There is even talk of legal matters again -- this time with an accusation that the owners are coercing the players to form a union, something that is illegal.
However, most reporters believe that a vote will happen on Friday that it will be approved. The players just seek a little patience because ten years is a long time to agree to something.
At this point, it just needs to get done. It would be rather disingenuous to add things not agreed to in the proposal if it happened and it is equally disingenuous for the cold feet the players are having if there was nothing added.
In any case, football should be around the corner.
With the current NFL lockout almost reaching four months and labor negotiations taking place today at a crucial point in which preseason games could be in danger if an agreement is not reached soon, the 8th Circuit Court of Appeals has issued a ruling on the legality of the lockout. They have ruled that Judge Susan Nelson's original ruling to disallow the lockout was against current law, making the lockout legal. However, the court added a caveat explaining that the league could not lock out rookies or free agent players because without contracts they are technically not employees that can be locked out.
Signings will not start immediately, but will likely happen after another hearing with Judge Nelson, who by all indications will rule that they can begin.
There is a little bit a of fear that this ruling could derail current negotiations, but NFL Network reporter Albert Breer just tweeted that the people he has spoken with believe it will amp up talks.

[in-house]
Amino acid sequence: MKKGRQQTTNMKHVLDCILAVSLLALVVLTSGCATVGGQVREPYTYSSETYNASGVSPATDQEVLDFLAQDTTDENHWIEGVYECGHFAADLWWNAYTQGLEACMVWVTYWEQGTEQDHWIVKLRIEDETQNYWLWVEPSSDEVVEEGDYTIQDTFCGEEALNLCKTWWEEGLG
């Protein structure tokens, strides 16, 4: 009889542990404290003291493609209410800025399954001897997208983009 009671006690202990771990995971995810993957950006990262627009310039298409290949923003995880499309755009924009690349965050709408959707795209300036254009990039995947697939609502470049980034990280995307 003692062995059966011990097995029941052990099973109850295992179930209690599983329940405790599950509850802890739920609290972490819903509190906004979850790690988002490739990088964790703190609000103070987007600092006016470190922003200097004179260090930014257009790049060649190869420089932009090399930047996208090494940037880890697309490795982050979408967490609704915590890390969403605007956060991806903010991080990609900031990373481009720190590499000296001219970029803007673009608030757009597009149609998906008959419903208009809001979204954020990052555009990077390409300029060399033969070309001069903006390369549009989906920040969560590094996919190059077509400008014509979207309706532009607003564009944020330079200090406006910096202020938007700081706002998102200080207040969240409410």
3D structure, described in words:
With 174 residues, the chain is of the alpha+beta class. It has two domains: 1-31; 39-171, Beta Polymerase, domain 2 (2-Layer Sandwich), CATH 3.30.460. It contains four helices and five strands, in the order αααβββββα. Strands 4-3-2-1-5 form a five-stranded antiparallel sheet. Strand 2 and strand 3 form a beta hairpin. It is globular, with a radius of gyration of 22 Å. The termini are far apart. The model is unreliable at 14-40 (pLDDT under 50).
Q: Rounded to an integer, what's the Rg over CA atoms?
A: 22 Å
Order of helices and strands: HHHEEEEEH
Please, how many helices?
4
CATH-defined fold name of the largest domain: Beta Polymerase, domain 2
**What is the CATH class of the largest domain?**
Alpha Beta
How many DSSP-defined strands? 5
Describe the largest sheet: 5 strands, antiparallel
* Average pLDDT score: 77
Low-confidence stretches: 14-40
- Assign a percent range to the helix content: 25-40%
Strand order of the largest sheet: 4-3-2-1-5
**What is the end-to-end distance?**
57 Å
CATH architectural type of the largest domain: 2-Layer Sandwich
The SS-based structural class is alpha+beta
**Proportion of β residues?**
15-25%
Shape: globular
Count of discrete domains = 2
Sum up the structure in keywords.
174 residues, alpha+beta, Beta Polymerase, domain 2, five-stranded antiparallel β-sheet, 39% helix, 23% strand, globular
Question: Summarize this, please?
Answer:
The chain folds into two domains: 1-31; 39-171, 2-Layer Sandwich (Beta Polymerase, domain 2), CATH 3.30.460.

At this point the main thing that is keeping talks going is the potential of losing hundreds of millions of dollars if there are lost preseason games. Lost revenues could really sour negotiations and cause a much longer lockout.
I don't think there is a single person left that doesn't want a deal done now. With time running out, that is all that there is left to do.
Negotiations went on for well over 12 hours on Thursday and begin early Friday, perhaps sending a signal that a possible agreement in principle could come before the holiday weekend. If not, at least it shows urgency to get an agreement in place with time to have training camps on time.
The NFL owners met in Chicago on Tuesday to discuss labor issues. It was also the opportunity to voice concerns and get everyone on the same page as to where negotiations are headed. As a result, some information came out that give us a sneak peak into what the new CBA will include when the players and owners come to an agreement and end the current lockout that is closing in on four months in length.
Here are the key components: